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Tackling the next generation of debris hiding in orbit: Carbon fibres



Prime contractor
Organisational Unit
Implementation progress
02 January 2020

Duration: 36 months


Space debris environment models, which drive observation strategies and mitigation aspects such as shielding, generally consider 7 classes of objects: intact space vehicles, explosion and collision fragments thereof, NaK, solid rocket motor particles, MLI, paint flakes, and ejecta. The second category of explosion and collision fragments, which affects all size regimes from objects detectable from ground to micrometre sizes inferred from space samples, is where a new issue is emerging due to the change in design of space vehicles. When modelling the proliferation of  fragments based on observations a broad set of assumptions are required before a measurement can be converted into size information. Nearly always the assumption is that we are looking at a metallic spherical object. The other input to models are on-ground hypervelocity impact tests, where many samples are available and the effects can be identified. In such tests materials based on fibres, such as CFRP (Carbon Fibre Reinforced Plastics), disintegrate differently from metallic counterparts. In particularly, they do not disintegrate in plates and pallets but create thin whiskers or clusters thereof. Whilst the behaviour of such whiskers in space is unknown, fact is that the continued disintegration of objects in space during the last decade will have created such a population. The idea is thus to account for these object in all aspects of small debris mitigation by addressing the following questions: How can we remotely observe carbon fibres in space? What is the impact of the elongated shape of fibres at hyper-velocity? Do proposed small debris remediation strategies hold for carbon fibres or are truly novel ideas required?  The idea aims to provide the solid ground for the space safety aspects of small debris by defining the share of sources and behaviour of the elements which contribute. This hasn't been attempted so far and is hence expected to have a significant impact on the development of methods aimed at removing small debris as well as on in-situ debris sensors flow on space missions.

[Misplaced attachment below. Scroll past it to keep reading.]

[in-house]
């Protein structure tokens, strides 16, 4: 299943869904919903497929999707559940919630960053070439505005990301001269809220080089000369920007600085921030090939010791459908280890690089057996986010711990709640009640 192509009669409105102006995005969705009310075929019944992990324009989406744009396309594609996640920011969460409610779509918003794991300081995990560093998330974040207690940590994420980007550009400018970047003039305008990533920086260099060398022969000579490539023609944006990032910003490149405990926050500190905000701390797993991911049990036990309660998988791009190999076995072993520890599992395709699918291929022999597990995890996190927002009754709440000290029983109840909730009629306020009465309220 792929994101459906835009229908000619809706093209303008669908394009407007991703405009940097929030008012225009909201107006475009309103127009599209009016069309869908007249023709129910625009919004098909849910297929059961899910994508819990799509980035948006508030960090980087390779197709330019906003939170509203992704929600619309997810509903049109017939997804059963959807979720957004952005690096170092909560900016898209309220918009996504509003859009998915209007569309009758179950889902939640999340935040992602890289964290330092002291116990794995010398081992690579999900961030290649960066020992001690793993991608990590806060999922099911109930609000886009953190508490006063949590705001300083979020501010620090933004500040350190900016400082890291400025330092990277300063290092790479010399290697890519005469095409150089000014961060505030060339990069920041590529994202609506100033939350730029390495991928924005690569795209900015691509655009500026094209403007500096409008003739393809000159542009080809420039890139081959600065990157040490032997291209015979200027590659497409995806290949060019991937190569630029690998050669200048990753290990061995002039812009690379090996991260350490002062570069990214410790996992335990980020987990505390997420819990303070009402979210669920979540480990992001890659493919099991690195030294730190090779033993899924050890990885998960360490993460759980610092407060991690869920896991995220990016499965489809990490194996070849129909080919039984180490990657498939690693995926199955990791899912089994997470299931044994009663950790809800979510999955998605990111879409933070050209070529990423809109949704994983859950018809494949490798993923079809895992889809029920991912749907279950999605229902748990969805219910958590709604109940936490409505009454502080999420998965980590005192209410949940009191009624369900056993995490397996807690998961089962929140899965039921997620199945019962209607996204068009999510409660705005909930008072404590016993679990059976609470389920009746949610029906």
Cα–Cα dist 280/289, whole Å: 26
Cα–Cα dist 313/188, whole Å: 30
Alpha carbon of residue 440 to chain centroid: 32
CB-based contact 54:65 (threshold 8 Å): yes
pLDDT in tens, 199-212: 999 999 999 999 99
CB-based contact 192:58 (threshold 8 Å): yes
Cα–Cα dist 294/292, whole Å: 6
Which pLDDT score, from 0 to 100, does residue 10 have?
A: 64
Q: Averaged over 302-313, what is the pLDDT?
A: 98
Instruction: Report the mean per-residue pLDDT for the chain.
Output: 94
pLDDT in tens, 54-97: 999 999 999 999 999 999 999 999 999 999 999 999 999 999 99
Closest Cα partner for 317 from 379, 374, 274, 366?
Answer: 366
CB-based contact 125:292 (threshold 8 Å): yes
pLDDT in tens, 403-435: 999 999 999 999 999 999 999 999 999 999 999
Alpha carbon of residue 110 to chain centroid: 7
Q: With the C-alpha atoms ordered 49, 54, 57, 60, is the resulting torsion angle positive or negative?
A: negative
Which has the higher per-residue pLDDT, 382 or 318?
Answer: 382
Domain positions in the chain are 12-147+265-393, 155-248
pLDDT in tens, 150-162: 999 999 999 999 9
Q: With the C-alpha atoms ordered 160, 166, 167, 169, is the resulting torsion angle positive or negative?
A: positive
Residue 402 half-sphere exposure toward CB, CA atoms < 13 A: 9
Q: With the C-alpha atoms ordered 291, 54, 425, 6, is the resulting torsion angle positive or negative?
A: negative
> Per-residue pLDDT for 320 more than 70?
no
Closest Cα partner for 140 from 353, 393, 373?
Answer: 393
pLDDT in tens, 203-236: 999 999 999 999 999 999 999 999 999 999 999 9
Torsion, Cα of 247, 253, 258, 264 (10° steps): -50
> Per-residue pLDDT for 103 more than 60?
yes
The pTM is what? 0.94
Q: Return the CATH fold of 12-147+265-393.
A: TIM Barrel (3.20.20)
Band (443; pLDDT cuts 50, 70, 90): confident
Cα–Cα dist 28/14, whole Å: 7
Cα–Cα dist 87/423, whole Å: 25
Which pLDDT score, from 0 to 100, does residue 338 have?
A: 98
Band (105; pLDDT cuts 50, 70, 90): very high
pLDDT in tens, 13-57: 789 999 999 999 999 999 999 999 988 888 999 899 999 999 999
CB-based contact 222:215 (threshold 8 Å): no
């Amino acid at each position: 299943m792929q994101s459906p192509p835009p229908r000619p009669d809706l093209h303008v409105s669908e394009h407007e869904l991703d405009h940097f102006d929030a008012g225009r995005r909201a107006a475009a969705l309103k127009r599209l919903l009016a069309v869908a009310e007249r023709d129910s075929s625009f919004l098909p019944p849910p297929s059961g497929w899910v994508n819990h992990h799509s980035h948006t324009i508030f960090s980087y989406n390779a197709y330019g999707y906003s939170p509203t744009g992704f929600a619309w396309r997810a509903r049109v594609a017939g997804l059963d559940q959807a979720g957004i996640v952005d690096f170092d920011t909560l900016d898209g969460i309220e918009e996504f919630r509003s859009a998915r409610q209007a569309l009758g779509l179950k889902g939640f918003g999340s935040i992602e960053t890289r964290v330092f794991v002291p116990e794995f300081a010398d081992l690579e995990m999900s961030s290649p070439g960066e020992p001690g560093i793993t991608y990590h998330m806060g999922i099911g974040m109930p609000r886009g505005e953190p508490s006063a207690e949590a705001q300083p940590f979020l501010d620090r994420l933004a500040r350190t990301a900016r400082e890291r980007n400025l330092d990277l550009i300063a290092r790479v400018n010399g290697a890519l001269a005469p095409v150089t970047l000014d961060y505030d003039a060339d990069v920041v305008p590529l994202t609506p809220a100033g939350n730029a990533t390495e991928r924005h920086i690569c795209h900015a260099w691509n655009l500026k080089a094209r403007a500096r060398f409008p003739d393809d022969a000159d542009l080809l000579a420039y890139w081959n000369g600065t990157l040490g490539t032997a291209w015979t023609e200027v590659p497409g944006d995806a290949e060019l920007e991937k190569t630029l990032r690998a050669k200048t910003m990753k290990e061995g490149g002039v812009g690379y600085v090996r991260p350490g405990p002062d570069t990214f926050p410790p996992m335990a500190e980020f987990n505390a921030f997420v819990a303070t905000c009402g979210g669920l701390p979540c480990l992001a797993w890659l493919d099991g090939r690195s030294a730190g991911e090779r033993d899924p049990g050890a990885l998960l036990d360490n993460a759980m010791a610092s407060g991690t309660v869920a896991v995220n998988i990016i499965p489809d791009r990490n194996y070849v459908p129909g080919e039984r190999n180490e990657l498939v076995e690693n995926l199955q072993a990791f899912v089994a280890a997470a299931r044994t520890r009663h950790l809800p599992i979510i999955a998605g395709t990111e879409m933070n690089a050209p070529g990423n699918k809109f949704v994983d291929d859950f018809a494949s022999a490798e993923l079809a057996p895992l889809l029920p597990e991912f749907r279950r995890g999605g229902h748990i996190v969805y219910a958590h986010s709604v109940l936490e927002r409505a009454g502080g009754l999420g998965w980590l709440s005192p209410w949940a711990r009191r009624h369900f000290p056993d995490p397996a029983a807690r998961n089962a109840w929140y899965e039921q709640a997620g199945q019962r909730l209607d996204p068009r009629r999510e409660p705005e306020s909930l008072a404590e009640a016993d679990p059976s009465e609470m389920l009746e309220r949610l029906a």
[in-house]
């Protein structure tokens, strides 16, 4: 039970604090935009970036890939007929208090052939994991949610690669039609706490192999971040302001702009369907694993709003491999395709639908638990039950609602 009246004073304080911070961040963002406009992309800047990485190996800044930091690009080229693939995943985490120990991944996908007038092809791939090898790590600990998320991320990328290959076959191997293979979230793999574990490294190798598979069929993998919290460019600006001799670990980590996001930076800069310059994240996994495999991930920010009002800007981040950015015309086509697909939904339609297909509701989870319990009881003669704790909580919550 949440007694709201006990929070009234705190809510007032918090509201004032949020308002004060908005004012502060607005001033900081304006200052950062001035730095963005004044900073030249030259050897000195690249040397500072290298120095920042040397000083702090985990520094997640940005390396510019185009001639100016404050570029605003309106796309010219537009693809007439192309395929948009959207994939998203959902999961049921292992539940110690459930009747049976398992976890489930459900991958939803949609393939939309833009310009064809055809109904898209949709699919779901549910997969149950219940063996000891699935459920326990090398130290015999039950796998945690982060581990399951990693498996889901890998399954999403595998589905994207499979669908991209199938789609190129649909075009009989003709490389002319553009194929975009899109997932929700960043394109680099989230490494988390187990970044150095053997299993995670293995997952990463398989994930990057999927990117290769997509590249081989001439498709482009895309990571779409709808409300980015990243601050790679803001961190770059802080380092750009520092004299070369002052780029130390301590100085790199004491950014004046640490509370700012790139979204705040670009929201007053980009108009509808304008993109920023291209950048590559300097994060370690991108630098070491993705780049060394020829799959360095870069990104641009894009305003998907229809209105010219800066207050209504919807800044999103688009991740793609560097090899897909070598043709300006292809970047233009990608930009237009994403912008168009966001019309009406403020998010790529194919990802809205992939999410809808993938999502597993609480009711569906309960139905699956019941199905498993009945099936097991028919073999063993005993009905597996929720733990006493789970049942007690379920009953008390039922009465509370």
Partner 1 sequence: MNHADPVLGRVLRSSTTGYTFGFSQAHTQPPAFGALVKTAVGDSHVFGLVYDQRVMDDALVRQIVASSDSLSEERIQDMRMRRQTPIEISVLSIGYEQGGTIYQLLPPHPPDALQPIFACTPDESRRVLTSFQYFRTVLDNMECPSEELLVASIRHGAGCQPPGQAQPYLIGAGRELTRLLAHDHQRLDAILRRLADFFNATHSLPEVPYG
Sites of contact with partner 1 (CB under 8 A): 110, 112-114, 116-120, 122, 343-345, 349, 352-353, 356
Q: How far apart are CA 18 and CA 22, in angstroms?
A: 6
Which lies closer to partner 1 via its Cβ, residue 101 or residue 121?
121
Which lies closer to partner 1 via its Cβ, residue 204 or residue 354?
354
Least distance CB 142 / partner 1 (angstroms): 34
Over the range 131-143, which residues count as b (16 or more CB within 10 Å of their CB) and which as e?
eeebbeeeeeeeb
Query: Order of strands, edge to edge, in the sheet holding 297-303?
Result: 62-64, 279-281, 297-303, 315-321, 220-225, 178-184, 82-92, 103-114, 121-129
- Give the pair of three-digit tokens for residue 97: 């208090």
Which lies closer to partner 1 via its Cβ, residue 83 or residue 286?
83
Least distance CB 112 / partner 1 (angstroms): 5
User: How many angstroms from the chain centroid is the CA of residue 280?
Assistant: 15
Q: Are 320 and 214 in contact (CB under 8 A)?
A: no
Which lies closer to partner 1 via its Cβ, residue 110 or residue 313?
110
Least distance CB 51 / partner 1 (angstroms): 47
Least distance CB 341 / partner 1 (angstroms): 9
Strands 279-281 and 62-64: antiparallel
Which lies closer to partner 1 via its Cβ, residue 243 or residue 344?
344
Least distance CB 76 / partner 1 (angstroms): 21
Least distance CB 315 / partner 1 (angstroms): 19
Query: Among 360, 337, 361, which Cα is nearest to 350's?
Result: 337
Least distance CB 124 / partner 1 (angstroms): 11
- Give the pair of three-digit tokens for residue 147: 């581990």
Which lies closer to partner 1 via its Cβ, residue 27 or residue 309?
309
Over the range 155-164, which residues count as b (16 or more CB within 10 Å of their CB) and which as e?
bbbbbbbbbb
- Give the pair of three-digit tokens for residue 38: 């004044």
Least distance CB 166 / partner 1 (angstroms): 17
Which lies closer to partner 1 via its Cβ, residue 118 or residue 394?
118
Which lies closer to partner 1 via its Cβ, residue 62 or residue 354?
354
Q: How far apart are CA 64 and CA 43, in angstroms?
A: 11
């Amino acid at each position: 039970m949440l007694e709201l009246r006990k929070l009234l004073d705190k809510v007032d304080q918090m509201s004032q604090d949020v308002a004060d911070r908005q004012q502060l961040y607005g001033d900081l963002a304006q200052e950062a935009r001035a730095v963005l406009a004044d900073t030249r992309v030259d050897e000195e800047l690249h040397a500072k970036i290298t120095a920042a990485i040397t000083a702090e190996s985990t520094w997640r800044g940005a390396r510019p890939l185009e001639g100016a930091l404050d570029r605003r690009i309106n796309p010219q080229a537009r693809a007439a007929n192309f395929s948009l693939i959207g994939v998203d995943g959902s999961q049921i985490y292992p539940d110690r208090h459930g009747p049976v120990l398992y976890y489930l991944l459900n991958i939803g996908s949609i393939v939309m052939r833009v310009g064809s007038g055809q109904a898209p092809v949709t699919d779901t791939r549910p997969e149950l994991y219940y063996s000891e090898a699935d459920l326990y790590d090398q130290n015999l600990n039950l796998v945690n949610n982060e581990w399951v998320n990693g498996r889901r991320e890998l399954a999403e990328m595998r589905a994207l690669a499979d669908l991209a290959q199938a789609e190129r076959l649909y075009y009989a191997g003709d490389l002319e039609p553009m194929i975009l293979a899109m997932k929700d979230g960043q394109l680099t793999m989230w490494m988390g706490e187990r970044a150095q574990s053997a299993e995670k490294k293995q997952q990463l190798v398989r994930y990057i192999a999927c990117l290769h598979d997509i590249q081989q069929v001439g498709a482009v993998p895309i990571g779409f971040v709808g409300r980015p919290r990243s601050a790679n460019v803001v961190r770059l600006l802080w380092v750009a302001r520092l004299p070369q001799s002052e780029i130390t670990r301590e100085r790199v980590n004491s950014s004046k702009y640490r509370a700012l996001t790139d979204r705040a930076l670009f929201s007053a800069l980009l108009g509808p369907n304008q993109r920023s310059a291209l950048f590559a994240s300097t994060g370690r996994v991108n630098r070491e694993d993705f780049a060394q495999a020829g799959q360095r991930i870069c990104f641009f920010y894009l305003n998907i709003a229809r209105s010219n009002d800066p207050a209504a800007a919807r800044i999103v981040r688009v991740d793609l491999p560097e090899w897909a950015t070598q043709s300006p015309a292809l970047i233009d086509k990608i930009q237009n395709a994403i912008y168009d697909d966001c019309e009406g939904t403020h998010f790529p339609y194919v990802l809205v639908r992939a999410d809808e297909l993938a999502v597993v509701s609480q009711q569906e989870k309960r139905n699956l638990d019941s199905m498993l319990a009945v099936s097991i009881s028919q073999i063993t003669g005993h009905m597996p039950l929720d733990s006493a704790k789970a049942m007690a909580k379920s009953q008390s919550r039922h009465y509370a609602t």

Contract number
OSIP Idea Id
Related OSIP Campaign
internal Campaign on Space Debris
Topical cluster
Tackling the next generation of debris hiding in orbit: Carbon fibres